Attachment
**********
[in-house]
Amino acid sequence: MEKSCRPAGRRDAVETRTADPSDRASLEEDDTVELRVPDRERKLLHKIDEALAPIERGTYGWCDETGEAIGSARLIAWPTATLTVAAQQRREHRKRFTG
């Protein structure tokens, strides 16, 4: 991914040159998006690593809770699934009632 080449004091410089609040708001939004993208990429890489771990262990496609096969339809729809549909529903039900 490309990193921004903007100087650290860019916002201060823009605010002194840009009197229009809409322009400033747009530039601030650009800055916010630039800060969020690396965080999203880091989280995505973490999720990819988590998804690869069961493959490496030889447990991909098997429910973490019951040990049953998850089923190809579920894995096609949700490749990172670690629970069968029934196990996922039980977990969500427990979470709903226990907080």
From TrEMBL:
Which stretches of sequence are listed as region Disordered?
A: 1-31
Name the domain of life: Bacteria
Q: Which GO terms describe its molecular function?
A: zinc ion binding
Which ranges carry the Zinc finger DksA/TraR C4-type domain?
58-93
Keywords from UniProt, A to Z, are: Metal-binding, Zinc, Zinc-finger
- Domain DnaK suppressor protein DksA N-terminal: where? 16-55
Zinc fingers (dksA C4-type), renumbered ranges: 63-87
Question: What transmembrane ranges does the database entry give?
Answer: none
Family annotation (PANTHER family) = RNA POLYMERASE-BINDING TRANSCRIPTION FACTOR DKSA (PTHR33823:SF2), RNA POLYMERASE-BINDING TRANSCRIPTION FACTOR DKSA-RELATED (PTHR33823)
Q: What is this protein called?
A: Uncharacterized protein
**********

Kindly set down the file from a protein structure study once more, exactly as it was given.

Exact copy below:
[in-house]
Amino acid sequence: MEKSCRPAGRRDAVETRTADPSDRASLEEDDTVELRVPDRERKLLHKIDEALAPIERGTYGWCDETGEAIGSARLIAWPTATLTVAAQQRREHRKRFTG
């Protein structure tokens, strides 16, 4: 991914040159998006690593809770699934009632 080449004091410089609040708001939004993208990429890489771990262990496609096969339809729809549909529903039900 490309990193921004903007100087650290860019916002201060823009605010002194840009009197229009809409322009400033747009530039601030650009800055916010630039800060969020690396965080999203880091989280995505973490999720990819988590998804690869069961493959490496030889447990991909098997429910973490019951040990049953998850089923190809579920894995096609949700490749990172670690629970069968029934196990996922039980977990969500427990979470709903226990907080």
From TrEMBL:
Which stretches of sequence are listed as region Disordered?
A: 1-31
Name the domain of life: Bacteria
Q: Which GO terms describe its molecular function?
A: zinc ion binding
Which ranges carry the Zinc finger DksA/TraR C4-type domain?
58-93
Keywords from UniProt, A to Z, are: Metal-binding, Zinc, Zinc-finger
- Domain DnaK suppressor protein DksA N-terminal: where? 16-55
Zinc fingers (dksA C4-type), renumbered ranges: 63-87
Question: What transmembrane ranges does the database entry give?
Answer: none
Family annotation (PANTHER family) = RNA POLYMERASE-BINDING TRANSCRIPTION FACTOR DKSA (PTHR33823:SF2), RNA POLYMERASE-BINDING TRANSCRIPTION FACTOR DKSA-RELATED (PTHR33823)
Q: What is this protein called?
A: Uncharacterized protein